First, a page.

His unconscious body continued sliding down the hill for a moment before catching itself under some bushes.

Sadly, no one saw him fall or even heard him yell in the pouring rain - he was alone, knocked unconscious and caught in some bushes.



“... what?- AH!”

A silver crow shocked Jay awake, bolting away as his eyes opened widely.

Jay sat up quickly, trying to make himself look more lifelike, as he realized the crow was about to eat him like he were roadkill. But this was the least of his problems.

It was still close to Winter, and at this point Jay was shivering, his clothes drenched with rain. He couldn’t tell how long he had been unconscious as it was still overcast, but it mattered little right now - he was freezing.

“I need..... to get warm... so cold... need... warmth…” his teeth chattered, his lips blue, and his fingers white. He could hardly form sentences.

Survival instincts kicked in and Jay hobbled to the village inn. He would’ve gone home, but he knew that his shivering hands wouldn’t be able to start a fire.

“S-so hungry... so thirsty. How long w-was I knocked out?” he shivered as he jogged, trying to warm himself up.

It was still overcast and early in the morning when he finally made it to the only inn in the village.

Stumbling through the wooden door of the Snake-raven inn, Jay quickly walked towards the innkeeper standing behind the bar ready to place his order - however the middle-aged bald man with a twirling mustache spoke first.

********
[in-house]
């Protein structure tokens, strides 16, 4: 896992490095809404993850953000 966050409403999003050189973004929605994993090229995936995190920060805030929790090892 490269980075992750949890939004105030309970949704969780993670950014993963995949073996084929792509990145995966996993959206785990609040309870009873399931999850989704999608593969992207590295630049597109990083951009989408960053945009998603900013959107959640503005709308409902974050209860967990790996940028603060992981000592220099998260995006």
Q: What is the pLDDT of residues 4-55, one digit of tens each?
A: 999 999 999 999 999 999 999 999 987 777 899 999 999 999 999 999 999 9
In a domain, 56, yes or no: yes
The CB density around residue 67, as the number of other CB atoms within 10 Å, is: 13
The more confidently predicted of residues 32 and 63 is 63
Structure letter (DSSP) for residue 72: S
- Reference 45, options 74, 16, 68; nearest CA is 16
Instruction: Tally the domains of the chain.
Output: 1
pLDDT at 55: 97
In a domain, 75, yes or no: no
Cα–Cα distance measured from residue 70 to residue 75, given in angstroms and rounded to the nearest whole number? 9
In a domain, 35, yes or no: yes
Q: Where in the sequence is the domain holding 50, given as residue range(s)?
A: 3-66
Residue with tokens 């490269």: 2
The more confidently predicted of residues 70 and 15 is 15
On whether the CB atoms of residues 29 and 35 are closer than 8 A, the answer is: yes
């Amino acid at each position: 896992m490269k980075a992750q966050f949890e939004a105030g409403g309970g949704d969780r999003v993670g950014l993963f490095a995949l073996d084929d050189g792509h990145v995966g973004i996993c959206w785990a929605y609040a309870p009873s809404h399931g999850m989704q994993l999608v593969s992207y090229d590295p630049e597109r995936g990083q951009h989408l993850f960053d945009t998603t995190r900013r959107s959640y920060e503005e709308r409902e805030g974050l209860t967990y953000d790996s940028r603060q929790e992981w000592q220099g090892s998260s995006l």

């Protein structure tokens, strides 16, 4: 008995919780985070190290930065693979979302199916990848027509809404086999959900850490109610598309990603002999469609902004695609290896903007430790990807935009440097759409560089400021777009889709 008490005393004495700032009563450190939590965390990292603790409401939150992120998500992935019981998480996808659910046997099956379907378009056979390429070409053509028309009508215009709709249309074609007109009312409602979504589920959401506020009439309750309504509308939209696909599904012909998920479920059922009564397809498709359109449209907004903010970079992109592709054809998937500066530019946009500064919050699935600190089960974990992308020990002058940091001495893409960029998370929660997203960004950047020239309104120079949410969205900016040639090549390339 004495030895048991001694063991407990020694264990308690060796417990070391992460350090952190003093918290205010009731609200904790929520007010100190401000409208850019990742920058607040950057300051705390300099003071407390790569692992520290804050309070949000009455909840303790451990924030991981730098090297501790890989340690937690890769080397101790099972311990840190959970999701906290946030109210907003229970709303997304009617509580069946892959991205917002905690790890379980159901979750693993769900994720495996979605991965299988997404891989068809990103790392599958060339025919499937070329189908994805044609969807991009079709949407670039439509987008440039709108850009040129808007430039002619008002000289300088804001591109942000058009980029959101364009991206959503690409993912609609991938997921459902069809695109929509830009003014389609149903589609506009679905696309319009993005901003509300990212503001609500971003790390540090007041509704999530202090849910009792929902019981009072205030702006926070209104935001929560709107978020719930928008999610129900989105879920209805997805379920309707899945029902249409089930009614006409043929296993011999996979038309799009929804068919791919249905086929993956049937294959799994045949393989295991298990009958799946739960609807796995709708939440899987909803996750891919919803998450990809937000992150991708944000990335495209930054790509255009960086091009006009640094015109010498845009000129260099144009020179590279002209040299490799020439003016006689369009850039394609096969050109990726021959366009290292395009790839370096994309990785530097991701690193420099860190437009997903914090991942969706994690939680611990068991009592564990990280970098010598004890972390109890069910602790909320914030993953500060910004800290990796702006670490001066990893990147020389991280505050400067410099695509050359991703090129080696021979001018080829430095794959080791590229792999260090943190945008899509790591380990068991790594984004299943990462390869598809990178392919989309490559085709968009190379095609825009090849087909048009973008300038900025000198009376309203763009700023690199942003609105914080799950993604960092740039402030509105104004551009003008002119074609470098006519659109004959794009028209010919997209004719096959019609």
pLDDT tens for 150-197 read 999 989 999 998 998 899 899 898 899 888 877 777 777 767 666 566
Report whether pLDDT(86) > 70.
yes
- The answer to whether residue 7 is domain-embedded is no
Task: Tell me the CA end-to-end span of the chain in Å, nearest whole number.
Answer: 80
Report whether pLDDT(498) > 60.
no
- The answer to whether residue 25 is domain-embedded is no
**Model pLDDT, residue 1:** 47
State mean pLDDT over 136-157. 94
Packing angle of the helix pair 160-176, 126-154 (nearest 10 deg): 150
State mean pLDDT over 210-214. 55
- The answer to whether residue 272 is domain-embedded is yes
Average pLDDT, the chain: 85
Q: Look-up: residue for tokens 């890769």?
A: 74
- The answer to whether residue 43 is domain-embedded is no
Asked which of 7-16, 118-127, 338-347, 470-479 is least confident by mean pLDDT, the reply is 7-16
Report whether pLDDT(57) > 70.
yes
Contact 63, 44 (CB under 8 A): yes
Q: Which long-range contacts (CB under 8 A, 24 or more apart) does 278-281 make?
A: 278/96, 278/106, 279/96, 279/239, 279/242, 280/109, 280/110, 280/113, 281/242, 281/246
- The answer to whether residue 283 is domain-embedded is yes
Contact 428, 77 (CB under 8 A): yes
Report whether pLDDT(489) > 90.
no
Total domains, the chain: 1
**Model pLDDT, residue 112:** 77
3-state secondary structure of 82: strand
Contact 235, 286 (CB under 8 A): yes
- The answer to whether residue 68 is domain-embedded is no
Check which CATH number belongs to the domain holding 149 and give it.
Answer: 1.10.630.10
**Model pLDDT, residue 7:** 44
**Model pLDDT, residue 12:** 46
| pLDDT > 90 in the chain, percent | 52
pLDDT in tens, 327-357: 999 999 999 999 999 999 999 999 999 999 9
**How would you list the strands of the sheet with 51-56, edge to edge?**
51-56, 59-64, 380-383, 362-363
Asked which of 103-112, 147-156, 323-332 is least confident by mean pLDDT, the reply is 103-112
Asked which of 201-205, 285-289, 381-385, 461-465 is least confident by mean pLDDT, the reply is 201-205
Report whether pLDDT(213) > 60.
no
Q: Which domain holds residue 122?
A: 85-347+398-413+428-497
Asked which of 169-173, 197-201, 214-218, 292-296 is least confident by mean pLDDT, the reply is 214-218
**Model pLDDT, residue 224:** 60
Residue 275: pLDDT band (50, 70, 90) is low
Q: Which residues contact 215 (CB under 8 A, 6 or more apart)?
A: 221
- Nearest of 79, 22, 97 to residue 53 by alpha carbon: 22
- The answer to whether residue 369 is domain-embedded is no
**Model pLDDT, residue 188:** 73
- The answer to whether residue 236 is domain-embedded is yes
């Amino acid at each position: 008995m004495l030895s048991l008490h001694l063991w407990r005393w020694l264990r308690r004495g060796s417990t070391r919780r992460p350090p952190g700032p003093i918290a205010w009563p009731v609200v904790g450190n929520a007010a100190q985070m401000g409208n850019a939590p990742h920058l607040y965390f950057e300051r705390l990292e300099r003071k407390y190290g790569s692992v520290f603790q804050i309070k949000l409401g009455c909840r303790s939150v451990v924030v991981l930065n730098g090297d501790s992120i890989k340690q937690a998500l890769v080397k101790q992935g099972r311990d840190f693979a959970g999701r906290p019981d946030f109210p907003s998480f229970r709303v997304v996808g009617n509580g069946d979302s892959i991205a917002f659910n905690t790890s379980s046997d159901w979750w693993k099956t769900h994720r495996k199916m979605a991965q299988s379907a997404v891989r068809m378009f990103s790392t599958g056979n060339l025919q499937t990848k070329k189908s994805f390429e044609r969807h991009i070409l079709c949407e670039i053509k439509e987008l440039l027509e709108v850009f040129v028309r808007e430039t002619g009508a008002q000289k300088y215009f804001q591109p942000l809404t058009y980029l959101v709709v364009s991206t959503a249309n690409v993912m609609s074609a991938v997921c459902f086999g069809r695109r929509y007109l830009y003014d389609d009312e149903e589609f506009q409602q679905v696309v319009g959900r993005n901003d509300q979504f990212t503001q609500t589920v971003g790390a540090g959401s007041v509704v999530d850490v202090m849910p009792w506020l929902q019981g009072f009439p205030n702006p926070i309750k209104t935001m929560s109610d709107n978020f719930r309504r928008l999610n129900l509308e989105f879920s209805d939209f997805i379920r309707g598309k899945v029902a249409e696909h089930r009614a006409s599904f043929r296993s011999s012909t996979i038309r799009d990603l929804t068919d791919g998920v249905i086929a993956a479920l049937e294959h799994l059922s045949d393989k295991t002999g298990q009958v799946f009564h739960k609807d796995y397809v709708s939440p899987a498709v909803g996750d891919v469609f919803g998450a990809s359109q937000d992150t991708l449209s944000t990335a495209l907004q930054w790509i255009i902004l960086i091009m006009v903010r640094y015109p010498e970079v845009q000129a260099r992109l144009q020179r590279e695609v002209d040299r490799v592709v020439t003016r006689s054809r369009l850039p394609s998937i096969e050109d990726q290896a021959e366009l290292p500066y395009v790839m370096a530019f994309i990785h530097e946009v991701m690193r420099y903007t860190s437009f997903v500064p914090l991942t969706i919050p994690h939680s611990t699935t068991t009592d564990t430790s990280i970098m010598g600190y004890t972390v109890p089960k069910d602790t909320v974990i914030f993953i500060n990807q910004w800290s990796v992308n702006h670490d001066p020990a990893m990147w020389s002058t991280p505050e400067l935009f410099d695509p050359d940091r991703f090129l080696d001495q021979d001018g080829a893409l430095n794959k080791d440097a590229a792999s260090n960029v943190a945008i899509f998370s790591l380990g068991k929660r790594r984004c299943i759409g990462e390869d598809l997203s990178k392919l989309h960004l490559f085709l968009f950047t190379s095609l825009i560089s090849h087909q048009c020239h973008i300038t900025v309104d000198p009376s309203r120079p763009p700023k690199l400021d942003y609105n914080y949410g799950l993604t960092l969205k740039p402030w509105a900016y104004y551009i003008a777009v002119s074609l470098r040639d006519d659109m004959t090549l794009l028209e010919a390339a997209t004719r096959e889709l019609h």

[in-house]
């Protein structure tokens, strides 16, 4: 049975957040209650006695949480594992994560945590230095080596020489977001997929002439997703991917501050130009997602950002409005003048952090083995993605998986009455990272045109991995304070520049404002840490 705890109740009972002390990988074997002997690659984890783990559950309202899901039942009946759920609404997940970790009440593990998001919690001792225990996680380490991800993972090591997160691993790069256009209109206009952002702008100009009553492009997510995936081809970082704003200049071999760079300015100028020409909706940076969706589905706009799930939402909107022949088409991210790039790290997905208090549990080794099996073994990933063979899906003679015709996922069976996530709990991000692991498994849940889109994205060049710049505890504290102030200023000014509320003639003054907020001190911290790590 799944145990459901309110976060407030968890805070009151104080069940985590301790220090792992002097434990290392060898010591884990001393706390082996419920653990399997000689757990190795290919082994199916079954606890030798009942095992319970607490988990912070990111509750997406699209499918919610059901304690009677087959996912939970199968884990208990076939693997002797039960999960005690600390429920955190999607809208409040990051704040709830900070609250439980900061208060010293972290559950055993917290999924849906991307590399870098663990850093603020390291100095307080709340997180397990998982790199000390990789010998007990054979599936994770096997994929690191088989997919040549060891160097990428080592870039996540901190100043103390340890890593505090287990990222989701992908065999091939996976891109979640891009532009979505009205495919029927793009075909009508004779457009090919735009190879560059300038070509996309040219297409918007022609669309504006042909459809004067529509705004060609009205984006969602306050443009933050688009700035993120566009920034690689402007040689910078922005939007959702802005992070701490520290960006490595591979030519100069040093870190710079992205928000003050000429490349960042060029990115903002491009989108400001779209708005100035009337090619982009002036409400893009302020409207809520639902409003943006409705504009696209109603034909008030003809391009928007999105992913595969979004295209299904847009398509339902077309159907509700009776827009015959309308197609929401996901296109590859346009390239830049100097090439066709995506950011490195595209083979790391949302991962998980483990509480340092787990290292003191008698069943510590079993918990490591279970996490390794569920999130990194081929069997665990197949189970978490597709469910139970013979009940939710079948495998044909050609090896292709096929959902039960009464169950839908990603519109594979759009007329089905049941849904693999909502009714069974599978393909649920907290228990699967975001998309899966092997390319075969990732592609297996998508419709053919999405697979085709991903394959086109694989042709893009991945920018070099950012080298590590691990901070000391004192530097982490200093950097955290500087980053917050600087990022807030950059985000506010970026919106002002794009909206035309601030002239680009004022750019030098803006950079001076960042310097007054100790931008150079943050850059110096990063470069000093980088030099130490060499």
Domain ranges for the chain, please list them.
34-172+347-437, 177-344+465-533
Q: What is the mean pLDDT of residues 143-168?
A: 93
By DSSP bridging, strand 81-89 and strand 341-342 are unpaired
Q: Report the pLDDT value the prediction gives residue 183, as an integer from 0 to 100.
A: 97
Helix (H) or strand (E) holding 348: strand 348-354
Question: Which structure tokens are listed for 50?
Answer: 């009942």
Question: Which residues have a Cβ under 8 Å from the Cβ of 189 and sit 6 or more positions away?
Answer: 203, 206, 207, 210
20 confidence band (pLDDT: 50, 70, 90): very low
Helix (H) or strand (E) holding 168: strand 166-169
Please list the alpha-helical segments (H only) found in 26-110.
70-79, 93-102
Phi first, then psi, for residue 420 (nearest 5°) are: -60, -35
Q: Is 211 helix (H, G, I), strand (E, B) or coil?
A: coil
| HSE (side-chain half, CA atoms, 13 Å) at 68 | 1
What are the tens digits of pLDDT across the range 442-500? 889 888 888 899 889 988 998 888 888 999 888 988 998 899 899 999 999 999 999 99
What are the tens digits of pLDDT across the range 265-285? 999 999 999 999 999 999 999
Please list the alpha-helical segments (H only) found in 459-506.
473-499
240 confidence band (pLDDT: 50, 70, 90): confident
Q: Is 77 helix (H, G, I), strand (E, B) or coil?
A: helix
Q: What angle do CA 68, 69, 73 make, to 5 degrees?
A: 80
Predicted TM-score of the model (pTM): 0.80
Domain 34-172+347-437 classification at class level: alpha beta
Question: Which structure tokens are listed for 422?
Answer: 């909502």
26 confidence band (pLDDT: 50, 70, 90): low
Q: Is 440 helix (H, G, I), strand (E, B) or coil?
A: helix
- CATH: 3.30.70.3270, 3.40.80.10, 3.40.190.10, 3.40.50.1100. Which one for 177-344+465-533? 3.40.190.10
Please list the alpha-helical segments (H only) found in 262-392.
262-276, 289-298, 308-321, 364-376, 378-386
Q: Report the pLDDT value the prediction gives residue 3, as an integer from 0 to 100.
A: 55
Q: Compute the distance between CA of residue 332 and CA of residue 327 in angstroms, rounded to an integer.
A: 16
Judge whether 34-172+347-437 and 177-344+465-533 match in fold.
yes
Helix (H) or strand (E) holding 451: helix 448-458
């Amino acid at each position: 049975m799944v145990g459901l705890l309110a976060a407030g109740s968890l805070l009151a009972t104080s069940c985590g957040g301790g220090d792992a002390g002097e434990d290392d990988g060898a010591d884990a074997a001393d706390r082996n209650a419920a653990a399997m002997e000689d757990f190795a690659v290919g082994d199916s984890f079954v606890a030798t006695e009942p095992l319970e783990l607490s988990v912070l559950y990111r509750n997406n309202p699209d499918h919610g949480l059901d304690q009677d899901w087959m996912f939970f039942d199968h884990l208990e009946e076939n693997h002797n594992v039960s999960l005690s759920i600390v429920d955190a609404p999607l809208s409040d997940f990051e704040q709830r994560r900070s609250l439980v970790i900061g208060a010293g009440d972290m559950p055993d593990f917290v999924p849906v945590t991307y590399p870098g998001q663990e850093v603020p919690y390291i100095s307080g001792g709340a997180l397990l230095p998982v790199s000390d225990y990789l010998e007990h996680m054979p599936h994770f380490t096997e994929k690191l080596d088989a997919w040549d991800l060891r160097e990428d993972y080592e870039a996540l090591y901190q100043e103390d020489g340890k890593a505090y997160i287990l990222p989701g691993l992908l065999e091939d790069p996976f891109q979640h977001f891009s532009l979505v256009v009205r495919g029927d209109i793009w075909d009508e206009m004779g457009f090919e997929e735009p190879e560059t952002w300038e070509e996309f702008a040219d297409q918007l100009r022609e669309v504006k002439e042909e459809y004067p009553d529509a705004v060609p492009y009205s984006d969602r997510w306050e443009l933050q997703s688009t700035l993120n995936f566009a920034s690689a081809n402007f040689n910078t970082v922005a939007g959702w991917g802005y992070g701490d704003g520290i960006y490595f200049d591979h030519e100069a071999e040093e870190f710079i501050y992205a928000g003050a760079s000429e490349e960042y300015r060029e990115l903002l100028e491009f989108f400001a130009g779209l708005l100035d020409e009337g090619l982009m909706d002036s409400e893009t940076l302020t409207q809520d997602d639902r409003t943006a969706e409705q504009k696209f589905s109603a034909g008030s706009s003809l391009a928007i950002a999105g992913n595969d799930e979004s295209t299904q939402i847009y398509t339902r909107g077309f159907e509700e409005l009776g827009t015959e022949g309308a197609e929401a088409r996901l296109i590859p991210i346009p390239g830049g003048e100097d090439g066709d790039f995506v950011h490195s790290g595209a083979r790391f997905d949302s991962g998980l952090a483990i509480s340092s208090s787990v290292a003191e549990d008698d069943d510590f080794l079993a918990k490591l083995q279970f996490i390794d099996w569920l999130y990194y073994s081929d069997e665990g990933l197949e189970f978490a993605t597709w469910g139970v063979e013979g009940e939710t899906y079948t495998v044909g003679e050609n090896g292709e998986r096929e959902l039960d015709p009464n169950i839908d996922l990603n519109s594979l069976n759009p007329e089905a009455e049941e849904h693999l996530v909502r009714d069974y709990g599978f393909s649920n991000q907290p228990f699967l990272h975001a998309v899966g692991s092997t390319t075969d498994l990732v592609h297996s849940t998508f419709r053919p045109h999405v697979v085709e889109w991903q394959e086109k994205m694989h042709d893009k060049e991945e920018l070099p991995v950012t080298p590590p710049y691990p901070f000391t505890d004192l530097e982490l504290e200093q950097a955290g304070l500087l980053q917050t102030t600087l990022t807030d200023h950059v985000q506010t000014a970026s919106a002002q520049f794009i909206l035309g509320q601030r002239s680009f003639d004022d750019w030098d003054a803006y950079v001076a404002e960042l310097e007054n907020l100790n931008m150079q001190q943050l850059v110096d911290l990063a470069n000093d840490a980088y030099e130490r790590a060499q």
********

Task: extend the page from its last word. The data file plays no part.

“Hello...? How.. can I help..?” the innkeeper asked, squinting at Jay as he wondered whether or not he should kick this dirty mud-covered bum out.

I’m not getting paid enough for this shit, the innkeeper thought, looking at the tracks of mud Jay was making through his establishment before realizing he was his own boss.

“O-one room please, and a hot bath i-immediately! I’m f-freezing!” Jay said through his chattering teeth.

“Sure. That will be 25 gold.” The innkeeper eyed Jay’s waist for a coin pouch, ignoring his shivering.

“It will cost you more if you stay for longer, though. And about your bath, it will cost five gold for the ruby-bath which heats water instantly; otherwise, we normally heat water over the fire, which would take quite some time.” The innkeeper explained, casually peering at the thick mud on Jay’s clothes.

“Ah.. would you like laundry service too? For five gold?” he added.

Obviously I want the fucking ruby-bath, I’m literally shivering in front of you, you absolute fu-, Jay thought with dead eyes, replying with an almost sarcastic tone.

“Yes, I would like my clothes washed and I would like the ruby tub too, p-please.” He said through gritted teeth.

“Sure. 35 gold.” The innkeeper said before he called out for his employee.

“Tamara! We have a customer! Get the hot tub filled right away!”

“Yes, sir.” A young female voice sounded from a door behind the bar, and Jay gave up the 35 gold as Tamara came out.

“Room three, but take him to the ruby-bath first” the innkeeper said, collecting the gold coins and then went back to cleaning glasses after Jay and Tamara left.

Yet as the innkeeper put a clean glass down and grabbed another to polish, he wondered. What did those crazy adventurers do to make a recruit come back like this…

He merely assumed this was some sort of training.

“Looks like old guild leader Sully is experimenting this year,” he shrugged with a smile. “Oh well, not my problem.”